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I'm trying to figure out how to write a good AIManager class in Java in order to manage the AI of all the objects in my game.

From another post of mine, an user has suggested to do the following:

Your calculations should go into the update method. it's fine to have an AIManager class, that has an update() method itself which gets called in the main update loop. this AIManager could hold a list of all the Objects that need to be updated. Since you're using java, you could use an interface to declare something to have an AI, and use this interface to iterate over your objects (which could then be completely different Classes) and have interactions managed by this AI manager.

It is not so clear to me.

If my Player class implements SeekArriveMovement (for instance), then it should implement the methods of this interface. And AIManager have to implement an update method. But... i don't know. I mean.. how the AIManager should be built and how it should interact with the objects?

Something like this.. ?

public class AIManager {

private List<Object> objects;

public AIManager() {
    objects = new ArrayList<Object>();
}

public void addObject(Object o) {
    objects.add(o);
}

public void removeObject(Object o) {
    objects.remove(o);
}

public void update() {
    for(Object o : objects) {
        if(objects instanceof SeekArriveMovement) { // ?
            RedEnemy re = (RedEnemy)o;
            move(re);
        }
    }
}

private void move(RedEnemy re) {
    // ?
}
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I guess what the user on your other question suggested was something like the following.

Your interface provides the method move

public interface SeekArriveMovement {
    void move();
}

which is implemented by your Player class

public class Player implements SeekArriveMovement {
    @Override
    public void move() {
        // do something
    }
}

In your AIManger you iterate over all objects in need of an update, identify all classes using the SeekArriveMovement interface and call their move method.

public class AIManager {
    private List<Object> objects = new ArrayList<Object>();

    public void update() {
        for (Object object : objects) {
            if (object instanceof SeekArriveMovement)
                ((SeekArriveMovement) object).move();
        }
    }
}

The problem with your update method is that you call instanceof SeekArriveMovement on objects which is your list of objects. Further you're trying to cast the current object of the list (o) to ReadEnemy without knowing if it is an instance of this class which could lead to an exception.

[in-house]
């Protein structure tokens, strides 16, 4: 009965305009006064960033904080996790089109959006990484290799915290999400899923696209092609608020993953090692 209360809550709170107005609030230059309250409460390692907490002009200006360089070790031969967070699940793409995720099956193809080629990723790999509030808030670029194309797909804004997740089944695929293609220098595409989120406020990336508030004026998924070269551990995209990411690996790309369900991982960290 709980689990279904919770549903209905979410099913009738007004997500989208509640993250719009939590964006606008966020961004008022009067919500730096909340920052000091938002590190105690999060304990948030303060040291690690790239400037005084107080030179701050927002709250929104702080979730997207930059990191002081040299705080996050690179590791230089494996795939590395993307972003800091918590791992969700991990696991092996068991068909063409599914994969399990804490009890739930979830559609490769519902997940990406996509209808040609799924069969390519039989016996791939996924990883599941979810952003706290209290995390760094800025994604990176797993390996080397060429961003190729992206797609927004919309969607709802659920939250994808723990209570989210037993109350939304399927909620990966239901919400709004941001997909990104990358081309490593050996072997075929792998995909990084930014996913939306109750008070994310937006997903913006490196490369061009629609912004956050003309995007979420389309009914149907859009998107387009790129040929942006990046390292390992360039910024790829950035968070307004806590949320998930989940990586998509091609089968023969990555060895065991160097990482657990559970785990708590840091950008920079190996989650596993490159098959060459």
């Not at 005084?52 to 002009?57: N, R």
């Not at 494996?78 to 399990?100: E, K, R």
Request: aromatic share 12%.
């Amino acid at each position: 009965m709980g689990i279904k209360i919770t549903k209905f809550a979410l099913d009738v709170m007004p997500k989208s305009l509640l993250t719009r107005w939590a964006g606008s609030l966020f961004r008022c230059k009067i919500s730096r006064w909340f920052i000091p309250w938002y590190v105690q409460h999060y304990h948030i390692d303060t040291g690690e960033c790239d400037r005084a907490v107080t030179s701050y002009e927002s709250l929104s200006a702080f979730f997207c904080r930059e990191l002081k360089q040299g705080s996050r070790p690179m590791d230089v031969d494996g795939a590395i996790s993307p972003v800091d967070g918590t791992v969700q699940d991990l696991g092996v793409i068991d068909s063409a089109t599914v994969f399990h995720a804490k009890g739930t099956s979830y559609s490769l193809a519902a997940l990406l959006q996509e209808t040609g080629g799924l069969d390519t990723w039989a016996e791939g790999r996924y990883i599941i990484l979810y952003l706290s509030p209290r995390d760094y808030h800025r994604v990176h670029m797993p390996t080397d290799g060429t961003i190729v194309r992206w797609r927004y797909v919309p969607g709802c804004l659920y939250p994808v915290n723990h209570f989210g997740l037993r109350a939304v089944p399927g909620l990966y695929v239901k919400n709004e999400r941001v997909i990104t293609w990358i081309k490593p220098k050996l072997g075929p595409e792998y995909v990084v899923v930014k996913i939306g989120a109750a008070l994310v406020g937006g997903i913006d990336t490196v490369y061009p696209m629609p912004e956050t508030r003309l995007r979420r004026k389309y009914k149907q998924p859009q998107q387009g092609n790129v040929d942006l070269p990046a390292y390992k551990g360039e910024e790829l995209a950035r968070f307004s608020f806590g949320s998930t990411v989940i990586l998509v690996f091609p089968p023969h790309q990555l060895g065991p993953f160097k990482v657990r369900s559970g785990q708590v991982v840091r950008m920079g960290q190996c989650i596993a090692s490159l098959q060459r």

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  • \$\begingroup\$ So... what do you suggest to solve these problems? Therefore, what is the advantage to use this design? \$\endgroup\$ – user3075478 Mar 7 '15 at 20:14
  • \$\begingroup\$ The problems of your update method are solved in my update method ;) I check if the current object implements the desired interface. If yes I cast it to that interface and call its method on that object. The advantage is that you don't have to know the class which implements the interface. If a class implements the interface you can cast it to that interface and call its method on it. \$\endgroup\$ – Kagemusha Mar 8 '15 at 8:36
  • \$\begingroup\$ I meant, what is the advantage to have this AIManager class? \$\endgroup\$ – user3075478 Mar 8 '15 at 8:49
  • \$\begingroup\$ It's the encapsulation of functionality. Of course this depends on the game you're making. If you're making Pong an AIManager would be overkill imo. But if you're going to have many AI controlled entities it's good design to control them in one place. \$\endgroup\$ – Kagemusha Mar 8 '15 at 9:29
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I thought this was a good solution for a similar problem, from a question (and answer) by me here on SO.

Abilities here are essentially AI if they are tickable. I have a runnable that just runs through all Actors and their abilities and tries to tick() them.

interface for manipulating abilities:

public interface ActorAbility {

    // doesn't work, but need something to enable
    // instance retrieval for addAbility...
    public ActorAbility getInstance();

    public void act(Actor actor);

    public boolean isTickable();

    // maybe add
    // public boolean isAI();

}

sanitized implementation of interface:

public enum ActorMove implements ActorAbility {
    INSTANCE;

    private ActorMove() {
    }

    public ActorAbility getInstance() {
        return INSTANCE;
    }

    public void act(Actor actor) {
        log.debug("Move");
        // or, AI stuff goes here
    }

    public boolean isTickable() {
        return true;
    }

}

new class:

public enum Ability {
    MOVE(ActorMove.INSTANCE), FIGHT(ActorFight.INSTANCE);

    private ActorAbility ability;

    private Ability(ActorAbility abilityClass) {
        this.ability = abilityClass;
    }

    public ActorAbility getAbility() {
        return this.ability;
    }
}  

StdActor:

public class StdActor implements Actor {
private HashSet<Ability> abilities = new HashSet<>();

public void addAbility(Ability ability) {
    this.abilities.add(ability);
}

subclass:

public class StdCharClass extends StdActor {

    public StdCharClass() {
        addAbility(Ability.MOVE);
    }

}

and finally, usage:

HashSet<Ability> abilities = bob.getAbilities();
for (Ability ability : abilities) {
    ActorAbility abilityClass = ability.getAbility();
    if (abilityClass.isTickable()) {
        abilityClass.act(bob);
    }
}

output on tick()

12:44:15.835 [main] DEBUG ActorMove - Move
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